I’ve spent my life surrounded by creative people producing incredible works of music, writing, and visual art. It’s almost overwhelming, sometimes, to be in this landscape and to feel like whenever I’m associating with a group of my friends, I’m getting a chance to talk with people who have creative strengths in a huge range of fields. A casual dinner turns into a discussion about literature, a conversation about wildlife photography, a debate about the latest MOMA exhibit. From early childhood, I was surrounded by artists, and the unfailing reminder that I should always try to find ways to support them.
On the most base level, of course, because they were my friends. And I think that supporting our friends in their endeavors is very important, because sometimes, following a dream is hard, long, and lonely. It might mean going far from home, making incredible sacrifices, going against the advice or words of parents, teachers, and others. Being a friend, for me, doesn’t mean supporting people no matter what; I’ll be honest and critical when it’s warranted, but when I see my friends pursuing careers in the arts, I want to help them achieve it.
The other level is important too, and helps society in general. Art is very important to me. We need more art in the world, and we need more artists and they need to be diverse. I have a huge respect for the varied talents and modes of expression in the artistic community, even if they aren’t all entirely to my taste. If I can pull pickles off my burger, I can dodge the painting at the Legion of Honour that I’m not that into. It’s no biggie. But I still think it’s important to make pickles, to put them on burgers for people who want them, to collect works of art expressing a wide range of experiences, traditions, schools, and aesthetics.
When I was younger, supporting my friends involved more intangible acts. I could cheer people on from the sidelines, provide helpful feedback on their work, make them feel like their dreams weren’t unreasonable, and they were pursuing something important. Being a sounding board, or a person to encourage someone, was an important role — especially for young friends developing their own aesthetics, dreams, and careers, just as I was. We supported each other in the ways that we could, which were primarily emotional and social — though sometimes we’d buy each other dinner, drop off food while someone was working on a big project, find other ways to express a more physical, immediate mode of support.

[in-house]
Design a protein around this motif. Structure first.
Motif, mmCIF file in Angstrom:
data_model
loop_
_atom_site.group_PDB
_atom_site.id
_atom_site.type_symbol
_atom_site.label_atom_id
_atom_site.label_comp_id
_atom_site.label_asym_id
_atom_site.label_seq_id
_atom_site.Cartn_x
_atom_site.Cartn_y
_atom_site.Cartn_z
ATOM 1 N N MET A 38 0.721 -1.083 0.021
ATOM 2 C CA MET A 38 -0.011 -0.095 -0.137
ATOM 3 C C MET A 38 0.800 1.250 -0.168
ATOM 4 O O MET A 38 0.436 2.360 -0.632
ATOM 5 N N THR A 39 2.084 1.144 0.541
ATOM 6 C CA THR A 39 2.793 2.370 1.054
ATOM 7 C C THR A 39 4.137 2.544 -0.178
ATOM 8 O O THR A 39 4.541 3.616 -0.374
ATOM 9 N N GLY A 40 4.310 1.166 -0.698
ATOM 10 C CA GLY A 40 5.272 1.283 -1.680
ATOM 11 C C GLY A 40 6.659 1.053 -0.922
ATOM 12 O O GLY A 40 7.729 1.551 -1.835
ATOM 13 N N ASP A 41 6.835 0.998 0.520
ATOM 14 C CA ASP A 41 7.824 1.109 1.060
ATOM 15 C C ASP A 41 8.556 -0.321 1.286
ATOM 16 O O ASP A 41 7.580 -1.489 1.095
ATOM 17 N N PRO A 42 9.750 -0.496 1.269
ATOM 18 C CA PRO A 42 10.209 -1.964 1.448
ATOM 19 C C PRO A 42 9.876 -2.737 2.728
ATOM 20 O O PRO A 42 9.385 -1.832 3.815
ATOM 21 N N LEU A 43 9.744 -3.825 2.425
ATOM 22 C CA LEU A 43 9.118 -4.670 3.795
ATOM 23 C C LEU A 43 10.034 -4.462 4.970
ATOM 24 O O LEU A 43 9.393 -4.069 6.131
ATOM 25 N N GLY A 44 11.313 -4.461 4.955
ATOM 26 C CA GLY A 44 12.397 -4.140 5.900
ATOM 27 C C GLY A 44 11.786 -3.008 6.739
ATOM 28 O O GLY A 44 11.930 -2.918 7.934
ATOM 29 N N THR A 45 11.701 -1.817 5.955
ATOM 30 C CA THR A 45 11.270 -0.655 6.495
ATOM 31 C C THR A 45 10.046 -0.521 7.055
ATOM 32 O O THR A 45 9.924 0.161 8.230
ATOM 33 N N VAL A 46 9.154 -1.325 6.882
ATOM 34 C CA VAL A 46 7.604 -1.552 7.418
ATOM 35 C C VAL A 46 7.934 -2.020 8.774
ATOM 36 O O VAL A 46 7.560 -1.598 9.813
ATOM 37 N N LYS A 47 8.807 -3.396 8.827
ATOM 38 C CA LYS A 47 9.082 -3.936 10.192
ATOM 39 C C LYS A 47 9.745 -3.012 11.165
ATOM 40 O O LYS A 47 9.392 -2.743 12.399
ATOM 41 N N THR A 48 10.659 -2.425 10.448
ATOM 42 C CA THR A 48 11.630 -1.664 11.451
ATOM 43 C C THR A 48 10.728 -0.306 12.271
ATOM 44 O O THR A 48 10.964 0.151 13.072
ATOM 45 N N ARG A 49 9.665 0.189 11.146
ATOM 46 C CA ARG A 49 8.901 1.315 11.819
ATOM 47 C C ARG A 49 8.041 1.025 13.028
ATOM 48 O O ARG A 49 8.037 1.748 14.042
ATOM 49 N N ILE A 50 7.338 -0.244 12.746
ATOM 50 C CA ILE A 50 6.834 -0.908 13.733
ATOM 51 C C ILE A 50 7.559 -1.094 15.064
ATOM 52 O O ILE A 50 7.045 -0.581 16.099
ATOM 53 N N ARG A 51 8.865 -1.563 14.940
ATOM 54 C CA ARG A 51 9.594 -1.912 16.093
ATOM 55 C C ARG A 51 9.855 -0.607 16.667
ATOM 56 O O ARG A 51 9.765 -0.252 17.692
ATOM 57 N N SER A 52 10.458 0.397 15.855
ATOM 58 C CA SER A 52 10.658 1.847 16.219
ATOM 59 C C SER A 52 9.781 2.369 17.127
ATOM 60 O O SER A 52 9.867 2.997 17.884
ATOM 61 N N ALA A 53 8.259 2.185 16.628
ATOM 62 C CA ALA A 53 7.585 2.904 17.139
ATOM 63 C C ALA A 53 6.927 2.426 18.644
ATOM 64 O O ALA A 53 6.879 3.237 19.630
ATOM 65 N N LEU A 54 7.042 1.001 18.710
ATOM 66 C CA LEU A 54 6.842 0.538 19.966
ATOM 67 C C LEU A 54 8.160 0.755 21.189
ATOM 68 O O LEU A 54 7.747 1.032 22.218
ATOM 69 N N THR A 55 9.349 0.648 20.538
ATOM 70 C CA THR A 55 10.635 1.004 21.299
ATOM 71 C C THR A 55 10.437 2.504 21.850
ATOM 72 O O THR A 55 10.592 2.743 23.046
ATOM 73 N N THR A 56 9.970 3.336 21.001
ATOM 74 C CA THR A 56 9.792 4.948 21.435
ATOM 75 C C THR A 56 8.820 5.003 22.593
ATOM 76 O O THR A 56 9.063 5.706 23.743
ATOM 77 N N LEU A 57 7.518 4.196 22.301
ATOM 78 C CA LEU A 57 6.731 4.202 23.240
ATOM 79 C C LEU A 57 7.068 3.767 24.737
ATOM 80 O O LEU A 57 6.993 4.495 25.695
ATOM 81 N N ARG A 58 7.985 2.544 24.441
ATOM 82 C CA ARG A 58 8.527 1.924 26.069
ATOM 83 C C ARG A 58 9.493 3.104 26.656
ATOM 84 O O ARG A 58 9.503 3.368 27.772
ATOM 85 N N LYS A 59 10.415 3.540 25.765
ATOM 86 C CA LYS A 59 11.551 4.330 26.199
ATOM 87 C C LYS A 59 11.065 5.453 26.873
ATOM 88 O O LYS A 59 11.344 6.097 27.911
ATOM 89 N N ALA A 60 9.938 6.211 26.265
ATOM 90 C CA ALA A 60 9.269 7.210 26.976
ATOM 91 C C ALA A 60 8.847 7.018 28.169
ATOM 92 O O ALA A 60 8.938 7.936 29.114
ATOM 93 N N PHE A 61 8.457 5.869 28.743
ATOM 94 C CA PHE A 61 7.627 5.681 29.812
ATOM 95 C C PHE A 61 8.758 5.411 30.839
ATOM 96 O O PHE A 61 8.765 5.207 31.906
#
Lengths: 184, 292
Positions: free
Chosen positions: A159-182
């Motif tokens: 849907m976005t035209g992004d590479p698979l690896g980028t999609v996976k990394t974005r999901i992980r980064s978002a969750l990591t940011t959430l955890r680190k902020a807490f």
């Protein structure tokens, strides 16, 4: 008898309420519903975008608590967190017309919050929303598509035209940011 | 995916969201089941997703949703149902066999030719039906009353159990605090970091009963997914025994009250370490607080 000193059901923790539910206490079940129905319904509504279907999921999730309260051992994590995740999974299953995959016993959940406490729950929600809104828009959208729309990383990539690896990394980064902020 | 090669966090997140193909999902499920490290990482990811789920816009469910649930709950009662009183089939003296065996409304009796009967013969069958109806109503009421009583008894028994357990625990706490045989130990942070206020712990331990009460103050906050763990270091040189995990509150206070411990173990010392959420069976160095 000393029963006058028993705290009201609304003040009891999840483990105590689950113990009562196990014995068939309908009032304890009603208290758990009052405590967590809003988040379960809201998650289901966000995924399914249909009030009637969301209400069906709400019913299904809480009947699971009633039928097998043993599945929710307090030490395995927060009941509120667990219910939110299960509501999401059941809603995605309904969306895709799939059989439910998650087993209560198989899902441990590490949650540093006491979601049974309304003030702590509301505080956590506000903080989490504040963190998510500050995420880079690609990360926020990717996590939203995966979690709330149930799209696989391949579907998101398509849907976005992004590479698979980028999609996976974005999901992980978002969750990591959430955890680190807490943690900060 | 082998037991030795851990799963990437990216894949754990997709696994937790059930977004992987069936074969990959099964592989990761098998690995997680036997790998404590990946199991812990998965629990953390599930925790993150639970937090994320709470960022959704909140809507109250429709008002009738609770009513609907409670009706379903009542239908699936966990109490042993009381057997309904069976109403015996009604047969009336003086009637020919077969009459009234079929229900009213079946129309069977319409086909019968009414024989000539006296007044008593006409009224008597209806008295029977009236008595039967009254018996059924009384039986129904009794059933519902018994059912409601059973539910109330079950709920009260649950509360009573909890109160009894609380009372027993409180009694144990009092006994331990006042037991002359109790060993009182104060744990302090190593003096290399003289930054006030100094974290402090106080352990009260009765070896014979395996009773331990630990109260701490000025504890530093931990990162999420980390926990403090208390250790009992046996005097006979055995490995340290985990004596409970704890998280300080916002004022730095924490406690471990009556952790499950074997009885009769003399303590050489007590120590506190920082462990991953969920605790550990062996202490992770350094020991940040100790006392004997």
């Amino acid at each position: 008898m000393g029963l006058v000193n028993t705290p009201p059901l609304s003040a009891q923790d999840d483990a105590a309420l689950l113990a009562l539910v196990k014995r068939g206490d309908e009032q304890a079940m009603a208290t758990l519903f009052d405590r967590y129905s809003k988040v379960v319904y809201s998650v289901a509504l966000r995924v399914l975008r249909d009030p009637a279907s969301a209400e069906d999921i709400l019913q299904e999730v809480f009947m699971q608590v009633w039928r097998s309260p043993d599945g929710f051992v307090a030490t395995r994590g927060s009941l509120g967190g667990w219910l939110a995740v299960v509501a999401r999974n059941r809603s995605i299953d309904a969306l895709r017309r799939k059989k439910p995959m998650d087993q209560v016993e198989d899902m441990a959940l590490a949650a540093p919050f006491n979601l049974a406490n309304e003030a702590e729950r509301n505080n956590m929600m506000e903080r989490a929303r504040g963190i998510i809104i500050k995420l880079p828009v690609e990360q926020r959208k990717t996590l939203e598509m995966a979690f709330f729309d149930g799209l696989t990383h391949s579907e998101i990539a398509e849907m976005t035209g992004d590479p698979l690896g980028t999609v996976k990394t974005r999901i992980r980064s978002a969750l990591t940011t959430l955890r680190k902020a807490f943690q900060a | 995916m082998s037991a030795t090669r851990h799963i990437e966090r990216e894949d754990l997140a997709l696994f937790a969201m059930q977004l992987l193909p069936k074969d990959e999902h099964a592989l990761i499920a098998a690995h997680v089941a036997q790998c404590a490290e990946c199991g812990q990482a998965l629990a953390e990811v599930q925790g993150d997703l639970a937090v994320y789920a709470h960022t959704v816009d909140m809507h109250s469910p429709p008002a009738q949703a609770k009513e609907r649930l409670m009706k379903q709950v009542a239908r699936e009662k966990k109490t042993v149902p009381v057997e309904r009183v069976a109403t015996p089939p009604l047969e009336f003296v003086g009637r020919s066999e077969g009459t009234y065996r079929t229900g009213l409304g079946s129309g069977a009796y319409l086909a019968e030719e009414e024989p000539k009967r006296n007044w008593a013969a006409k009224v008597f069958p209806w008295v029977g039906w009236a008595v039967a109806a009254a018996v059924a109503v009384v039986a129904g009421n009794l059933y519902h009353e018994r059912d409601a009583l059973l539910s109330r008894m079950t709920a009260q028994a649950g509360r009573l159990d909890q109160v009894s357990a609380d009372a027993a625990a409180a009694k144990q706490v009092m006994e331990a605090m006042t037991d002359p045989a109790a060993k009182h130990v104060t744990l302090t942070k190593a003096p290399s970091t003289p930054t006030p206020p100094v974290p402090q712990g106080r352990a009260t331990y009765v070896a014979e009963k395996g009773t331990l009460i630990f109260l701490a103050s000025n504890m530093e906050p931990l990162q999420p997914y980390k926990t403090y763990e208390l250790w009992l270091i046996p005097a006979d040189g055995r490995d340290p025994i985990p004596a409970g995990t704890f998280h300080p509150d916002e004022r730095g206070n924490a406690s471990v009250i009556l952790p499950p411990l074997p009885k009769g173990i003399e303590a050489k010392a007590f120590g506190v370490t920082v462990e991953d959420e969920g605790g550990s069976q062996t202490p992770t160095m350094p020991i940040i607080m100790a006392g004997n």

That’s shifted as we’ve grown older, though, and I’m finding it really exciting. It started to change when we developed connections in our field through our hard work, and when we could not only establish ourselves, but reach out our hands to pull our friends up with us. For me, one of the greatest personal accomplishments isn’t meeting a new editor and getting a piece published in a new venue, although that is exciting, but what happens next. It’s what happens when my editor and I have been working together for a while, and I get asked for a recommendation for a writer to cover a particular issue. It happens when a friend sends me an idea and I can forward it and add my own notes of encouragement.
This represented a huge shift as we started to move into actual careers and adulthood, where we began to be respected as individuals who maybe actually had some skills and authority, rather than people trying to become. It’s not as though this happens overnight or be magic, and I’ll be honest with you: Like any adult endeavor, it involves a certain amount of faking it. Mustering up the confidence and swagger to own the room, even though you have no idea what you’re doing and how you got there. Acting like you belong, and assuming that you always will — and watching people respond to that, knowing that they can’t challenge you when you don’t leave them room to do so. It’s not always easy, and people will try to undermine you — the older white male editor who tells a woman of colour her work isn’t needed, the disabled artist who isn’t recognised by her peers — but it will happen.
The astounding thing that’s started to happen for many of us as we actually start supporting ourselves through our work and creating careers for ourselves is that we’ve also been able to move onto the third phase, supporting each other monetarily. I can actually afford to buy art from my friends, at last, although often it’s at the friend rate rather than true market value. We’re exchanging support for each other in a way that allows us to help each other build long-term careers and reputations — and in the meanwhile, I get to decorate my home with amazing works my friends have produced. I have Marianne Kirby’s block prints on my walls, a Sven Sandberg painting, and while I love it when I receive gifts from my artistic friends and I treasure them, I also like the ability to support them and value their work that way, too.
All levels of support are important, and all of them mean something. But too often, art is positioned as something made for the people in power to enjoy, while the rest of us are cast as people who can’t appreciate it and can’t afford it. Art is locked away — or it’s treated as invalid. It’s ‘crafts’ or it’s graffiti. These things are art too, and they shouldn’t be undervalued, but so-called ‘high art’ isn’t just something for rich people and museums. I can make it. You can make it. And we can all support it, at any level of our ability.
Image: ‘This Painting is Not Available in Your Country,’ Paul Mutant, Flickr.